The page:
3. Somewhere along the way, I learned about the value of discretion. Not everyone sees deadheads as harmless, and that would include law enforcement personnel. So, sometimes you need to be discreet. I can remember going to shows with my brother and we would bring preppy oxford shirts to the show and leave them in the car. Before leaving the show, we would ditch the tie dye and change shirts so we could plausibly deny being at the show.

4. The human digestive system is amazing. I can’t tell you how many veggie burritos I ate after shows, and I lived to tell about them. One can imagine that these burritos were probably not prepared under the most hygienic conditions. The parking lot scene was always fairly dirty, and I never saw a health inspector at a show.

Are you a Deadhead?
What’s your favorite show or memory?
What’s your favorite year?

Life and Beauty in Small Packages

I was recently gifted a bonsai. Later, after meeting Travis who owns the California Bonsai Studio (https://www.californiabonsai.com), I learned that my bonsai is a maple.

Most of us have owned a bonsai.  Some of us have pulled off to the side of the road to buy a bonsai from a bonsai pimp operating out of a van….a lot like buying a TV from the Gap.  Needless to say, all of the bonsai’s I’ve had never made it. I usually placed it in a niche that I felt needed sprucing up.  I never thought about what the Bonsai wants and needs.

This time I contacted Travis at his bonsai studio.  Besides learning that Bonsai and Banzai are not the same, I learned how to take care of my bonsai…..not to mention a deeper appreciation for it.

Travis is remarkably interesting.  I like to think of him as the James Dean of bonsaing.  As Brian aptly writes in our video, he’s an Artist.

 

Living Post Modern

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Can you imagine living in Whoville? Or what about Mayberry? If I had my druthers I’d live in The Shire; small but beautiful, idyllic and fruitful.  Safe.  I live in Thousand Oaks. And in Thousand Oaks I live in a neighborhood. And in this neighborhood I live in a house. And like all environs a house is an influence as much as it is a reflection.  This is similar to Plato’s theory of forms in which every form has its ideal of which it strives to be.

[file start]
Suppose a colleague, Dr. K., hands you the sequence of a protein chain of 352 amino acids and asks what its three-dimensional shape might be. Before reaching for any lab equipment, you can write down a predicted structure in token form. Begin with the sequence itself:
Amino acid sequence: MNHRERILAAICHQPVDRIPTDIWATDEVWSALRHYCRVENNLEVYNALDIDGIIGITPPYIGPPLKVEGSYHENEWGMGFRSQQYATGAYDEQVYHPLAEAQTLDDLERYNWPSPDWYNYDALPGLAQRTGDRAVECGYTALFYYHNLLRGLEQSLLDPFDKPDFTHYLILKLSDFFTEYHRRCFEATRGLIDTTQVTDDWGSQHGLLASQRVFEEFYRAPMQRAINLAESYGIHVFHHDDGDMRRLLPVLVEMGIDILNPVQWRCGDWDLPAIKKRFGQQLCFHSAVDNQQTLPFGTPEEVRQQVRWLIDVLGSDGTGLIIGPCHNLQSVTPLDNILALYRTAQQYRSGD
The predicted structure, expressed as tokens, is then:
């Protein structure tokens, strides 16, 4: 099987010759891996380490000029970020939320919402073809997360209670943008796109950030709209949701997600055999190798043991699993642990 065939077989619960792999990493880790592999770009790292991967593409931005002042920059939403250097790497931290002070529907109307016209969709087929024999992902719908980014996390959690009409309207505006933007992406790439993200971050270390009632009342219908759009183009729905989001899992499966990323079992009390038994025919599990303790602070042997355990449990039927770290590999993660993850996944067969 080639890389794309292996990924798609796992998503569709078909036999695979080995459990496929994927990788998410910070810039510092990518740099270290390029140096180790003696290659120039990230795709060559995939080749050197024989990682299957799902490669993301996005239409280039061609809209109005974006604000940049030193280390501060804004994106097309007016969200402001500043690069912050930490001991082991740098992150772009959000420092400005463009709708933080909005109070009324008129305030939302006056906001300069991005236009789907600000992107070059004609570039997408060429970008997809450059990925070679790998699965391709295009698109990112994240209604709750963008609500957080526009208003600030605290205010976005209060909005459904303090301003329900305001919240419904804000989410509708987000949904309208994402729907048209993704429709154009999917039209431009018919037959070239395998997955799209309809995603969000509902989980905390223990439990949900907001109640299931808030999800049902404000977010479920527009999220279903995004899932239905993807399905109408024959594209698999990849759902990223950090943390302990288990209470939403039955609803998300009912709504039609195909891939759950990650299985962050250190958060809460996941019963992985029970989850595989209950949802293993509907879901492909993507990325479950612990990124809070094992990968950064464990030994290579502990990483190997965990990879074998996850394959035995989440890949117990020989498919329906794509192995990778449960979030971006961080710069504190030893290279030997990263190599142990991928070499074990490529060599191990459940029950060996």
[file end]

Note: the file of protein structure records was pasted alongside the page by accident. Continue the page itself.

When I began looking for a new home, a new form, I started with my ideals.   As George Harrison succinctly and beautiful advises us, “All Things Must Pass,” so the house in which my wife and I made a family had passed.  It was now time to get along.  I was challenged, fascinated, discouraged, and even at times frightened.  Along the way I found myself asking why anyone with any sense of practicality, let alone sensibility, would have carpet in the bathroom?

On a Saturday, at the end of a tether, by happenstance my wife comes across an add in the The Acorn for an open house the following day.  So weary of seeing another granite countertop accompanied by stainless steel appliances and the coveted hardwood floors and vaulted ceilings, I rallied the troops and off we went to schlepp through another house.  Oh, look a Thermadore.  Over the course of months I was forced to imagine myself living in countless homes in countless neighborhoods with countless neighbors in countless scenarios.  I could be the man of the house with the “entertainers dream backyard,” or the proud owner of a “three car garage,” or I can have an en suite the size of a Roman bath.  Because, honestly, as Americans, and deservedly proud at that, we make everything absurd.  Tofu is good for us so lets put it into everything.  This type of behavior is reminiscent of Kierkegaard’s “Faith by virtue of the absurd.”  As a transgression, when are we going to start teaching that Abraham’s will to commit filicide is bad moral judgment because its murder, regardless of God’s will?  Can you imagine how different our fate would be today if Abraham said no?  Perhaps it would have been the first of many no’s that we should be saying.

On a sweltering day we go to the open house.  Now mind you that we are doing this by rote, so everyone should understand their roles.  But I still turn to the rug-rats sitting behind me and remind them to behave.  “Just don’t do it.  Because I said so.  This is not our house.  No Mark, you can’t take a dump in their bathroom.  Don’t touch anything.  Oh for the love of Cleopatra, just stay in the car.  I’ll be right back.”